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Neuromuscular scoliosis

January 29, 2024 Staff

Neuromuscular scoliosis is a type of scoliosis that arises as a secondary effect of neuromuscular conditions, which affect the body's muscles and nerves. Unlike idiopathic scoliosis, which has no known cause and typically develops in otherwise healthy adolescents, neuromuscular scoliosis is associated with diseases such as cerebral palsy, muscular dystrophy, spina bifida, and polio. These conditions can lead to an imbalance in muscle control and strength around the spine, causing it to curve abnormally.

Characteristics and Symptoms

Neuromuscular scoliosis can present several characteristics and symptoms, including:

  • A curve that may appear at any age and progress rapidly, especially during periods of rapid growth.

  • Curves that are often more C-shaped and may involve the entire length of the spine, which is different from the S-shaped curves more common in idiopathic scoliosis.

  • The potential for the curvature to cause the pelvis to tilt and lead to sitting or standing imbalance.

  • In severe cases, the curvature can affect lung and heart function, leading to respiratory difficulties and cardiovascular issues.


Diagnosis of neuromuscular scoliosis involves a physical examination and imaging tests, similar to other forms of scoliosis. X-rays are used to assess the degree of spinal curvature. In diagnosing neuromuscular scoliosis, it's also important to evaluate the underlying neuromuscular condition, as this will significantly influence treatment options and outcomes.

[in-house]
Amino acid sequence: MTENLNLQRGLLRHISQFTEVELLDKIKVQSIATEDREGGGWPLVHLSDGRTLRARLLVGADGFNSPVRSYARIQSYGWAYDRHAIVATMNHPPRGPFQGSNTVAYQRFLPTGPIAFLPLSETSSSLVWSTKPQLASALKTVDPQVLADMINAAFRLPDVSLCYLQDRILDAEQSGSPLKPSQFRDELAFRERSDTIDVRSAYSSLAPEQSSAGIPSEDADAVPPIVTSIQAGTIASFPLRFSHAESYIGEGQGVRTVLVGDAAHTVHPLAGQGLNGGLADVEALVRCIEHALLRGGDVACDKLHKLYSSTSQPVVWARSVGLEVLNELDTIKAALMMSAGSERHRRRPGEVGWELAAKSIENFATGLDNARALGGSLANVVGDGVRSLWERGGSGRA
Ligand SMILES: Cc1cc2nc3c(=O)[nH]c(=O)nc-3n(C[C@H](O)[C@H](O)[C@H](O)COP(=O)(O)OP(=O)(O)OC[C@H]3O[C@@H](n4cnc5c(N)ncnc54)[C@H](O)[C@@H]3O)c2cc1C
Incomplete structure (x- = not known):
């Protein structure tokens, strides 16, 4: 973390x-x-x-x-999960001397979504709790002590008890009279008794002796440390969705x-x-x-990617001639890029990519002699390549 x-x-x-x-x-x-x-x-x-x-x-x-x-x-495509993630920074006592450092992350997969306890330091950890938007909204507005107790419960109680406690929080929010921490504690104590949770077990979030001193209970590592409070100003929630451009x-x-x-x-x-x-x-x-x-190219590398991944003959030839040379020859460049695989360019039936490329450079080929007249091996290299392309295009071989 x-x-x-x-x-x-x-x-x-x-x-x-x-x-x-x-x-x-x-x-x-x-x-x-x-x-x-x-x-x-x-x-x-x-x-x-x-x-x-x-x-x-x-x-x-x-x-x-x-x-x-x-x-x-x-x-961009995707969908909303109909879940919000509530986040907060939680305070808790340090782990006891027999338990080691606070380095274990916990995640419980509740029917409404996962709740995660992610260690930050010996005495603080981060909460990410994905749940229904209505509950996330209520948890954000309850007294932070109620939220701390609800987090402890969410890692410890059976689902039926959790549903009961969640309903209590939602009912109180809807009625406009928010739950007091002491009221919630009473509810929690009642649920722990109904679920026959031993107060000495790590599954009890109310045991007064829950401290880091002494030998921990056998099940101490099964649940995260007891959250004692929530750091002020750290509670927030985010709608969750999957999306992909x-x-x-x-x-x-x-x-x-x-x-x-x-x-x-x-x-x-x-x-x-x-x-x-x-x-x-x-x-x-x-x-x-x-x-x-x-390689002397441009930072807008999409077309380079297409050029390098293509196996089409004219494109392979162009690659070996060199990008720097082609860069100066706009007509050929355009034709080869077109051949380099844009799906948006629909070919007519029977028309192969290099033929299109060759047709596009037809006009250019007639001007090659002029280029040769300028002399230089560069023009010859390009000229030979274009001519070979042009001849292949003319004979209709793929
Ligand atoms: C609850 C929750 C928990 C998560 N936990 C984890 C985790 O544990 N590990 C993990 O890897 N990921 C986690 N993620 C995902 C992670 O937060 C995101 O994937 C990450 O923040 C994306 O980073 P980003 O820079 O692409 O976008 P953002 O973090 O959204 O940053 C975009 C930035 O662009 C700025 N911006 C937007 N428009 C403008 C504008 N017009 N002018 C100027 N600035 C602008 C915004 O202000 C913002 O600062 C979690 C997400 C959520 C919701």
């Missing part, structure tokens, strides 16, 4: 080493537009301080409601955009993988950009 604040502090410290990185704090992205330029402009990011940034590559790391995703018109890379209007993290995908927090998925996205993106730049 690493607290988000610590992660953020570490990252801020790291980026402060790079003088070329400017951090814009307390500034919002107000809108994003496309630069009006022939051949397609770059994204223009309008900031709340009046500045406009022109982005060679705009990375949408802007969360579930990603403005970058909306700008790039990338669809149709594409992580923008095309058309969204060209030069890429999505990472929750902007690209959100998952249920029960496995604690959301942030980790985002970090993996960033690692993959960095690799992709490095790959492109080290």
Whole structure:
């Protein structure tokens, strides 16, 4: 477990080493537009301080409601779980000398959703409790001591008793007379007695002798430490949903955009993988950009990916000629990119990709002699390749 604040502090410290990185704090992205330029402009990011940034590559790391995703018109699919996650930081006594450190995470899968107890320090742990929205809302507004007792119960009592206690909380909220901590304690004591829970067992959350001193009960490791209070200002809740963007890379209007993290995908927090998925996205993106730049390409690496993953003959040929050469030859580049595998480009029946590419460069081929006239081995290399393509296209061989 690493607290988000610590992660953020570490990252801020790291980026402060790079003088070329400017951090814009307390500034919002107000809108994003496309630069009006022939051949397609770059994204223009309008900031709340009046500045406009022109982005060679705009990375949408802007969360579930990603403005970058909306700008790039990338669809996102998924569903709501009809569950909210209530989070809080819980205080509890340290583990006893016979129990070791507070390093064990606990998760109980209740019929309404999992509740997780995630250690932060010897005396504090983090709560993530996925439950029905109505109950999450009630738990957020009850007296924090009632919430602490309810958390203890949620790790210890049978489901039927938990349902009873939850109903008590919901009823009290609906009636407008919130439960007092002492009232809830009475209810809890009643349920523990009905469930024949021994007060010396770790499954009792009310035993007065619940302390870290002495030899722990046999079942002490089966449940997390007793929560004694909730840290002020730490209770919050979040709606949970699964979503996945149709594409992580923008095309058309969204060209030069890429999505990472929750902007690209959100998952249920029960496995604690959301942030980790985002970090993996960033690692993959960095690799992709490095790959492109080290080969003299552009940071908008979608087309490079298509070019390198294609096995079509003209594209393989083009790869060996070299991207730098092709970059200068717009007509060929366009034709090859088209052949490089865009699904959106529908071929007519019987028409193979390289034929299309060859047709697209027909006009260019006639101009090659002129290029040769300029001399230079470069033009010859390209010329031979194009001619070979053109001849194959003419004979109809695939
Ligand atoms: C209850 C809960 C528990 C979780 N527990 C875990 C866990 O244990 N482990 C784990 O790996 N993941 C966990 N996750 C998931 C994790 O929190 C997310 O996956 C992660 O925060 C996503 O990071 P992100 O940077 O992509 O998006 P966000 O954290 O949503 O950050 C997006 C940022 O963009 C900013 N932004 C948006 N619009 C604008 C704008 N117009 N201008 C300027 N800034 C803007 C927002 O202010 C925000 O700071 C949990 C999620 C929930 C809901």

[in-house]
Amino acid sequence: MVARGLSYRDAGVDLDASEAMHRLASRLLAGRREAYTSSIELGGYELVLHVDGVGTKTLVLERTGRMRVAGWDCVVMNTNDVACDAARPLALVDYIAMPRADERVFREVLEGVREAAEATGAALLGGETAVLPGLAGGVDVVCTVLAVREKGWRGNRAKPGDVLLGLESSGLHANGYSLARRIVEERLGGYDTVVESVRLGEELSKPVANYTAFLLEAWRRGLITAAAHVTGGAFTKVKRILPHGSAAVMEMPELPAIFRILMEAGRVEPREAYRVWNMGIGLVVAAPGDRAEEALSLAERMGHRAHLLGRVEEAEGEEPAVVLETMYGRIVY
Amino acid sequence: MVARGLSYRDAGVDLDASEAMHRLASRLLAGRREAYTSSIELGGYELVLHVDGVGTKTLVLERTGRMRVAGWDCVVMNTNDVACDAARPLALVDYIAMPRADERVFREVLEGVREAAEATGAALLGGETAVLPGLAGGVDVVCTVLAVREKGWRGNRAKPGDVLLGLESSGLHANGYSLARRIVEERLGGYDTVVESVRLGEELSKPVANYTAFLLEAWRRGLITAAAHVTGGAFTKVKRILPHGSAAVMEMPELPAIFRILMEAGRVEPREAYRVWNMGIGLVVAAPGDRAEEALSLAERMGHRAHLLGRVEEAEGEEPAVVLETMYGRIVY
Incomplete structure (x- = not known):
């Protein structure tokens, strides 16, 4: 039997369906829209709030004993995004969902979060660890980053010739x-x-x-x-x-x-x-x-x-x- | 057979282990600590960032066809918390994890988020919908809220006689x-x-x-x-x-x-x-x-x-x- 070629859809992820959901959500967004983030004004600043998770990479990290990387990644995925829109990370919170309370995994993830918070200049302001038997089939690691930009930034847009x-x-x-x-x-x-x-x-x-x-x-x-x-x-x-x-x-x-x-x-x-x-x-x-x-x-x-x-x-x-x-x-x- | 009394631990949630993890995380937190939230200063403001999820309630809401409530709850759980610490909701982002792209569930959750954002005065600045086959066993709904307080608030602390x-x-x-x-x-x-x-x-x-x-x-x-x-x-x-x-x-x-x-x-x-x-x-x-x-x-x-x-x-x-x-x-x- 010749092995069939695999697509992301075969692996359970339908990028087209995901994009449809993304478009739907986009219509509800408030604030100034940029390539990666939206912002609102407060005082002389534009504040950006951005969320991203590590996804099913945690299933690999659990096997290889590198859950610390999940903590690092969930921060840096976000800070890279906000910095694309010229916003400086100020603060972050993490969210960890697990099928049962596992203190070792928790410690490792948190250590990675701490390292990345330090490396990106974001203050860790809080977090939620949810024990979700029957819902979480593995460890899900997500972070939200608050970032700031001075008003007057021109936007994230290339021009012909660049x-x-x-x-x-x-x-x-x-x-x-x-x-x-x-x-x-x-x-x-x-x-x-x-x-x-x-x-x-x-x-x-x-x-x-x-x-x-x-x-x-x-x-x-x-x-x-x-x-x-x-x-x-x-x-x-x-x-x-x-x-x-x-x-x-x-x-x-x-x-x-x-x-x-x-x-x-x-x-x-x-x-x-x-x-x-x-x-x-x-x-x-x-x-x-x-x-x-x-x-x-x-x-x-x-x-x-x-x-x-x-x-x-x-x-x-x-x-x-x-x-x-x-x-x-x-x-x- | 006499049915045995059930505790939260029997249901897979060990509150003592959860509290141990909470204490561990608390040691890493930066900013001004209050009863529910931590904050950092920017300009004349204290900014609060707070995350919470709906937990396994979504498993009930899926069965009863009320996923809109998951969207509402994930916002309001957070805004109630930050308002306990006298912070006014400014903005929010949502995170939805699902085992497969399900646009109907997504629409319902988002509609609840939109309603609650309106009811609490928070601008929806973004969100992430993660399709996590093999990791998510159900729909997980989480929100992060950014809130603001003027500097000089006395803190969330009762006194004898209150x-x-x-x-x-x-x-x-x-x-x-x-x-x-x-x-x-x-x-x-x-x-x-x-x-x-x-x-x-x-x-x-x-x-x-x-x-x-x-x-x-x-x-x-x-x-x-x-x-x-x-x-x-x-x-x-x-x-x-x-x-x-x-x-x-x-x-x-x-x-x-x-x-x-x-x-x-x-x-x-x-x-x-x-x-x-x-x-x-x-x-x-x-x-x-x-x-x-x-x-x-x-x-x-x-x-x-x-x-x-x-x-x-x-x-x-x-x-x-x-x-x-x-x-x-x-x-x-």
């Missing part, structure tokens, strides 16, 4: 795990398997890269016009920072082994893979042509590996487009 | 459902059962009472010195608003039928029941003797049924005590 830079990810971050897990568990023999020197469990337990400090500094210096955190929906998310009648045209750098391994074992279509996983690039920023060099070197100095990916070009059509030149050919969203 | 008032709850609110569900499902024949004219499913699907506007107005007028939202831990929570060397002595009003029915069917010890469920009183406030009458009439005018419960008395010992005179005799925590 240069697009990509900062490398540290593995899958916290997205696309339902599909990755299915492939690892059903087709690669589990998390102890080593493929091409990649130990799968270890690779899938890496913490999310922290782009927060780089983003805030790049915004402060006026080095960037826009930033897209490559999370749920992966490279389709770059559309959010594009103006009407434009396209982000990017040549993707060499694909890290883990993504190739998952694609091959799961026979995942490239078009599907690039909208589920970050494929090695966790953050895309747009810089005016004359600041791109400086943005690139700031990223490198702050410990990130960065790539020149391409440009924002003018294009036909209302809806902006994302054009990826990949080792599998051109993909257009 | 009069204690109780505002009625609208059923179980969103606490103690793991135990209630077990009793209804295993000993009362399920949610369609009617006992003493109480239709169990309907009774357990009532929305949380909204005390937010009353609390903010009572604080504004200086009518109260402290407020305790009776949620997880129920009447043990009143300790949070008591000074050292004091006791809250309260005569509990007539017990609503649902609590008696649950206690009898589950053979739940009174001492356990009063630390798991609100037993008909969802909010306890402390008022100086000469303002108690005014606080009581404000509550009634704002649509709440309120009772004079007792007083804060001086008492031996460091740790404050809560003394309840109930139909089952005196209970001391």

Treatment for neuromuscular scoliosis is tailored to the individual, taking into account the severity of the curve, the patient's overall health, and the progression of the underlying neuromuscular condition. Treatment options include:

  • Non-surgical management: This might include physical therapy to strengthen the muscles around the spine, braces to support the spine and slow the progression of the curve, and wheelchair modifications for those who cannot walk.

  • Surgical treatment: Surgery may be considered for severe curves or if the scoliosis is causing or is likely to cause functional impairments or pain. The most common surgical procedure is spinal fusion, which aims to straighten the spine as much as possible and prevent further curvature by fusing the vertebrae together.

Management of Underlying Condition

An essential part of managing neuromuscular scoliosis involves treating the underlying neuromuscular condition. This can include medications, physical therapy, and other interventions aimed at improving muscle strength and control, which may help to stabilize the spine indirectly.


The prognosis for individuals with neuromuscular scoliosis varies widely and depends on the underlying neuromuscular condition and the severity of the spinal curve. Early intervention and a multidisciplinary approach to treatment can help manage symptoms and improve quality of life. The goal is to maintain mobility, function, and comfort while minimizing the impact of scoliosis on breathing and other bodily functions.

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